Reeperbahn: low energy, slow light oom-pah, occasional subdued banjo lines, Tom's vocal delivery is very resigned and never gets loud and barely sings the melody, bass clarinet underlies the melody at times with its own lines. Violin, turns sentimental towards the ending of song as Tom sings "li, li, le li li li".
I'm Still Here: ballad--the character says pay attention to me. Mostly, Tom and piano, and sometimes the piano is louder than Tom. Strings join later, and clarinet. Very intimate.
Fish and Bird: Love each other, so the sailor says. Can they? Slow tempo--another lovely melody. Crooning Tom's almost getting drowned out by the growing amount of instruments playing as the song goes along.
Barcarole: waltz/lullaby, slow tempo-Tom's voice croons, confessing his feelings for Alice. After the verse a rather eerie atmosphere shift occurs in the form of an interlude and a saxophone plays a jazz solo plays while the piano continues to play the song. The song goes into another harmonic place when Tom says " and the branches spell Alice and I belong to you" before coming back home.
Fawn: instrumental with violin playing harmonics as leading voice. Has Asian sensibilities, is placid and resolves nothing.
6 of 6 people found the following review helpful
on May 14, 2002
Format: Audio CD
Last year, in my opinion, John Hammond cranked out the best music of the year with his take on the Tom Waits songbook, the record Wicked Grin. Old Tom showed up for the date, playing guitar and then lending his grizzled voice to the record's final tune. Wicked Grin reminded me that Waits is a national treasure. Who else can break your heart or break your arm all in one song?
Hammond and other singers can take notice, however. Waits has recorded a batch of songs in 2002 that should come with a warning. Don't try this home. You'll hurt yourself.
Alice arrives with strings and saxophones instead of the junkyard toys of his other recent efforts, but this isn't Tom Waits circa 1975. For one, his voice has never sounded more wounded, and if you'd believe it, more beautiful. The song I'm Still Here sounds like Tom's skating alone around a dark, frozen pond to the accompaniment of elegaic piano, violin, cello and clarinet. What hasn't changed in Waits' music is his ability to create characters like the man-without-a-body (Tabletop Joe) and the man-with-a-woman's face on the back of his head (Poor Edward.) Most memorable of all is a skater in the title track. In that song, a man relates his obsession with a girl by tracing her name into a frozen pond until he falls through the ice.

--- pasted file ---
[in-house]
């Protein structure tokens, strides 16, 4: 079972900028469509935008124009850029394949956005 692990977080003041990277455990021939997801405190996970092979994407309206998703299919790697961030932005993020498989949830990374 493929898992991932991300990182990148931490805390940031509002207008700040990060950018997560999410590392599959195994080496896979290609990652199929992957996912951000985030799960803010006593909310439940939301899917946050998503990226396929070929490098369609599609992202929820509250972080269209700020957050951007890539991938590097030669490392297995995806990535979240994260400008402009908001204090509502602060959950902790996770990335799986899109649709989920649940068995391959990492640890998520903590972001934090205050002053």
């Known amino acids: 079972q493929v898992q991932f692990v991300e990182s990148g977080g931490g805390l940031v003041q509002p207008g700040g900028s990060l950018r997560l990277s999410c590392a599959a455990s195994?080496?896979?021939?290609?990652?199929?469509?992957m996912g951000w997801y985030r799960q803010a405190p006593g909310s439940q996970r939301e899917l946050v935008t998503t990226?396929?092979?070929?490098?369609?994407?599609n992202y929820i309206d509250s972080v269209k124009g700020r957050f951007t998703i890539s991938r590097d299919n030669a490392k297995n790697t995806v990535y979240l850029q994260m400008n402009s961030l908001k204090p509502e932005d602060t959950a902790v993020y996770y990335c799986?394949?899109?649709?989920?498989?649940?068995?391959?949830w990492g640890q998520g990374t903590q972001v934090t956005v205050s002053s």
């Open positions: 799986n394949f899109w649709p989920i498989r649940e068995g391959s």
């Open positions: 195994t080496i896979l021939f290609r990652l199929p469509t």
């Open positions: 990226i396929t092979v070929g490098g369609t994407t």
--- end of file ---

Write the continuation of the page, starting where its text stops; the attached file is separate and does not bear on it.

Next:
Other singer-songwriters could die with satisfaction if they could produce something like Alice, but Waits has outdone himself in 2002 by putting out this record and the equally-fine Blood Money. Both can strut and scream and then sing you a tender lullaby. As Waits sings, "nothing's yours to ever keep," but for a little while we can listen and love and rejoice for Old Tom is back again.
6 of 6 people found the following review helpful
Format: Audio CD
ALICE is beautiful. I don't know about the woman...but the album certainly is. Are you familiar with some of Salvador Dali's more surrealist paintings? ALICE is beautiful in that sense--not necessarily physical perfection as atmospheric perfection.
Written and produced with wife Kathleen Brennan, ALICE tells a story--a sad, depressing, disturbing story, but a good story nonetheless. The songs are mostly somber--I don't reccommend listening to this album all the way through, at least not on your first go-round. I know, you probably think that would defeat the point, but it doesn't. In fact, it'll keep you more interested. Otherwise, you'll probably start to wonder just what the hell is going on, who is Alice, why does this man have a face in the back of his head, and how could a bird fall in love with a whale in the first place? It's all metaphorical, of course; but as in Carroll's Wonderland, nothing is what it seems. ALICE is an atmospheric delight, but I reccommend keeping a light on while listening to it. And maybe some tissues nearby.